World on FirePeople Aren’t Bad for the Planet—Capitalism Is

A woman wears a protective mask and walks at the nearly-empty Beringharjo market

A woman wears a protective mask and walks at the nearly-empty Beringharjo market, a popular tourist attraction, due to the COVID-19 pandemic on March 24, 2020 in Yogyakarta, Indonesia. (Photo credit: Ulet Ifansasti/Getty Images)

In the past few months, thousands of people have died around the world from complications stemming from the coronavirus. Economies are on the brink of collapse, millions are facing layoffs and job insecurity, and if we don’t flatten the curve, it’s only going to get worse. As governments across the globe begin enforcing lockdowns and ordering residents to shelter in place to curb the spread of COVID-19, everyday life has been more or less brought to a halt: There’s no more rush-hour traffic, packed trains, or trash-rendering events. The resulting stillness has slashed down air pollution rates from Los Angeles to China, an unexpected benefit in the face of so many losses.

Naturally, some people are trying to focus on the good things, from viral-but-fake posts boasting about dolphins returning to Venice’s canals (now a meme) to the fact we’re finding ourselves with cleaner air. However, there’s a slippery slope when statements go beyond rejoicing the return to nature and begin justifying human deaths to preserve the environment. As climate activist Jamie Margolin put it in a tweet, saying,“‘the weak will die but it’s okay because it helps the climate’ is not climate justice. That is ecofascism.” Ecofascism is defined as governments exerting power to protect the environment at the cost of individual life.

In their 2019 article “Overpopulation Discourse: Patriarchy, Racism, and the Specter of Ecofascism,” Jordan Dyett and Cassidy explained that ecofascism began taking root in 19th and 20th century Germany when a “variety of ecological concerns began to interact with the xenophobia, nationalism, and racism present in the region.” At the time, German’s fascist authorities used to justify certain exclusionary policies by connecting the environment to health. Typical rhetoric included population control, anti-overpopulation measures, and notions that minority groups were an invasive species that were a threat to the environment itself. This is a common ideology for white supremacists, in particular, and those who commit mass shootings. For instance, the mass shooter responsible for killing a large number of people in El Paso, Texas, in 2019, cited environmental degradation as one of his motives. “If we can get rid of enough people, then our way of life can become more sustainable,” he wrote in his manifesto.

In today’s context, though, everyday people are arguing that COVID-19 is the earth’s vaccine against humans as the virus wreaks havoc around the world, killing thousands of people, many of whom are working-class, don’t have access to healthcare, and are forced to continue working because they’re considered essential employees. As it stands, ecofascism—as seen through these conversations on social media—is arguing that impoverished people, disabled people, and aging populations should sacrifice themselves in order for the rest of us to live. Not only is that morally reprehensible, but it’s a misunderstanding of the larger problem: Coronavirus isn’t a “detox” of the Earth; it’s a disruption of the systems powering capitalism.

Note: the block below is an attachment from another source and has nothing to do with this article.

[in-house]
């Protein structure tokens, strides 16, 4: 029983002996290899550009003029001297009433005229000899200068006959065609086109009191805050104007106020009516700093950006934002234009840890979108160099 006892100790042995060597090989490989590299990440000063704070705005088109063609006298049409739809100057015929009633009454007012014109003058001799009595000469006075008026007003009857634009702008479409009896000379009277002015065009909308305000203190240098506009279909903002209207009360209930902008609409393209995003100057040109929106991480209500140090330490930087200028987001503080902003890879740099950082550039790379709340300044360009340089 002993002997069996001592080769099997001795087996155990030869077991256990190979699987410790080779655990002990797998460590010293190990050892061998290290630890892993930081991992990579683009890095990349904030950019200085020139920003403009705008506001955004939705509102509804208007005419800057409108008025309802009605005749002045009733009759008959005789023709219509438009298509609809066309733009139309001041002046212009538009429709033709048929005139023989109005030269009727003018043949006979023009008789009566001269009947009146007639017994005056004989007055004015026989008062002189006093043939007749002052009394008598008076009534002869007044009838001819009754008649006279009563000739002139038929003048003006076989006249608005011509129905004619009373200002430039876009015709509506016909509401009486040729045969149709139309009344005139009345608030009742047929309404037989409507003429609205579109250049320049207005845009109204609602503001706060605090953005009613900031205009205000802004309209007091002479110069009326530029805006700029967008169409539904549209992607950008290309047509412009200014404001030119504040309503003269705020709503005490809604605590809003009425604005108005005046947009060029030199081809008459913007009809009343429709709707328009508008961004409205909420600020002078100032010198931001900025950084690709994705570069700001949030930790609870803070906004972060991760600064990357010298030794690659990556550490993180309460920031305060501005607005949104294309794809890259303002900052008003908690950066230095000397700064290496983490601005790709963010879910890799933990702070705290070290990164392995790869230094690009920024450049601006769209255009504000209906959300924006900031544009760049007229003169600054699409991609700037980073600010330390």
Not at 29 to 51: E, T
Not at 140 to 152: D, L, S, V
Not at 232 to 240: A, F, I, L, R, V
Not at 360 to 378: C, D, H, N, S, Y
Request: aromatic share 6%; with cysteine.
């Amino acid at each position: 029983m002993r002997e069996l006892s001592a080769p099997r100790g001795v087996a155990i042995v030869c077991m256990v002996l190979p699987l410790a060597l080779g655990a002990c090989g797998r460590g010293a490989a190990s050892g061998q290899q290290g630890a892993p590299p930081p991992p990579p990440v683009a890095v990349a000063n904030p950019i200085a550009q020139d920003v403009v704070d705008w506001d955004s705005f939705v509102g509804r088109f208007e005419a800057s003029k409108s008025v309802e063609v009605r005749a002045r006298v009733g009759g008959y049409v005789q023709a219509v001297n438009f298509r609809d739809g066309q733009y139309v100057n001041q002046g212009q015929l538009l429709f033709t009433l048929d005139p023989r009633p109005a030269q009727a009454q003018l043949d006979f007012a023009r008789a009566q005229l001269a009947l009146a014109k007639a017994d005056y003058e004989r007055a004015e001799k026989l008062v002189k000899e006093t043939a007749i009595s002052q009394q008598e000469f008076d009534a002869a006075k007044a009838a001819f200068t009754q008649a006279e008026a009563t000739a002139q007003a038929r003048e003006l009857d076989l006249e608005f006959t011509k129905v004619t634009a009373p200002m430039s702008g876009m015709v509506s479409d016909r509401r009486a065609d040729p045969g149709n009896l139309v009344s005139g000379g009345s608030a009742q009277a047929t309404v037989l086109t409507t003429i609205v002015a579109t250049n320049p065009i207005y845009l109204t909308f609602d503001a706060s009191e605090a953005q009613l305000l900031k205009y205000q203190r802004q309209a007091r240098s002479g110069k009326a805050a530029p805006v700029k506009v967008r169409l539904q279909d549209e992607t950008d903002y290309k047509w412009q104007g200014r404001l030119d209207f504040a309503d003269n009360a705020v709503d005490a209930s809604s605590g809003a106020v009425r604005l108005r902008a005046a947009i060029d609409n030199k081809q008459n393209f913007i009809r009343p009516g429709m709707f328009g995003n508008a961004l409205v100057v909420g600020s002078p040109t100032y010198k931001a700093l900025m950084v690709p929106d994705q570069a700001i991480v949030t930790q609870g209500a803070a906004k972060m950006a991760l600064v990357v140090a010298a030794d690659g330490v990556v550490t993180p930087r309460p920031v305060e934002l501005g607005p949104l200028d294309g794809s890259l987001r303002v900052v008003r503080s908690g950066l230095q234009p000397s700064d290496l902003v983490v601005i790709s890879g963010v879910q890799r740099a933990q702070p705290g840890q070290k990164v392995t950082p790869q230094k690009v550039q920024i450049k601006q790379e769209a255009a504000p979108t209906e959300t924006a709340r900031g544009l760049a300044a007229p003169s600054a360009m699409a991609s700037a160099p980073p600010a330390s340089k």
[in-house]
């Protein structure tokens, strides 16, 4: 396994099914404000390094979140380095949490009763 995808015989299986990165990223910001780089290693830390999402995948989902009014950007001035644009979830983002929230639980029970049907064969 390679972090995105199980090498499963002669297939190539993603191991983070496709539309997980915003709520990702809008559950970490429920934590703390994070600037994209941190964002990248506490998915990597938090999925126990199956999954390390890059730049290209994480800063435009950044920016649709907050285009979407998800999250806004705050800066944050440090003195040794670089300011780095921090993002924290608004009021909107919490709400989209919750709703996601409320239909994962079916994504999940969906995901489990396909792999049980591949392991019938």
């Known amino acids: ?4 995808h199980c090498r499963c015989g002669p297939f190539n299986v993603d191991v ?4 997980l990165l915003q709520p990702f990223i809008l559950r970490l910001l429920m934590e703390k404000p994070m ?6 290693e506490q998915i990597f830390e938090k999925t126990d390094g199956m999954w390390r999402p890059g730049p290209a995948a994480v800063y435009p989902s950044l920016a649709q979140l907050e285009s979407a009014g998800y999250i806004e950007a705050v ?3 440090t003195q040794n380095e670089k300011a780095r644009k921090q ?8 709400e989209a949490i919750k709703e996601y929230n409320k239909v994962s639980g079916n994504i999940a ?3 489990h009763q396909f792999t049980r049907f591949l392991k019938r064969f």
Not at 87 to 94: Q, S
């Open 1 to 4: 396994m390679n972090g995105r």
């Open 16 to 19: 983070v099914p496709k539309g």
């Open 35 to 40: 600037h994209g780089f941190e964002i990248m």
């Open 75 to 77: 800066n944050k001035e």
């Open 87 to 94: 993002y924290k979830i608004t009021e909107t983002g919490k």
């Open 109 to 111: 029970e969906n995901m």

Even if people seek to challenge capitalism, they’re forced to live within it because we have to survive in a capitalist economy that’s focused on immediate benefits, rather than future consequences. So people take the bus to their retail job; they drive to work in a factory; and they Uber and Lyft others around to make ends meet. These people don’t have many economic alternatives because they have mouths to feed and bills to pay. Their adherence to capitalism for survival’s sake doesn’t make them selfish or expendable. In fact, if you’re worried about climate change, these are the very people you should be concerned about.

They’re the people vulnerable to flooding, drought, and intensified storms, and are left behind by their employers, governments, and communities. It’s impossible to care for the environment without caring for the people who live in it. The quarantine is revealing class lines and the major differences between who is able to quarantine safely, and who is forced to work through the pandemic due to a lack of government funds being driven to individuals; even with the proposed stimulus funding, many would still financially struggle and be left to continue to work (if their jobs are still available) or end up on the streets as rental payments have yet to be frozen

While individual people can help the environment in micro ways, it’s the federal government’s job to upheave the entire global system, making it more equitable and safe for those on the frontlines of this pandemic. “This really shouldn’t be seen as a silver lining,” Jill Baumgartner, an epidemiologist professor at McGill University, recently told the New York Times. “It’s not a sustainable way to reduce air pollution, and the long-term economic and well-being impacts of this crisis are going to be devastating for many people.” Ecofascism won’t slow the devastation of climate change, especially during a global pandemic. It’s cruel to suggest that we should allow people to die because a few rivers look cleaner in (fake) photos. Instead, we should use this time to evaluate what systems are absolutely necessary and how they can be better adapted for the climate crisis. We can build safety nets—paid leave, healthcare for all, universal childcare—so that we can really focus our energy on making the world a better place for everyone to live in.

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by Izzie Ramirez
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Izzie Ramirez is a freelance climate, culture and activism reporter.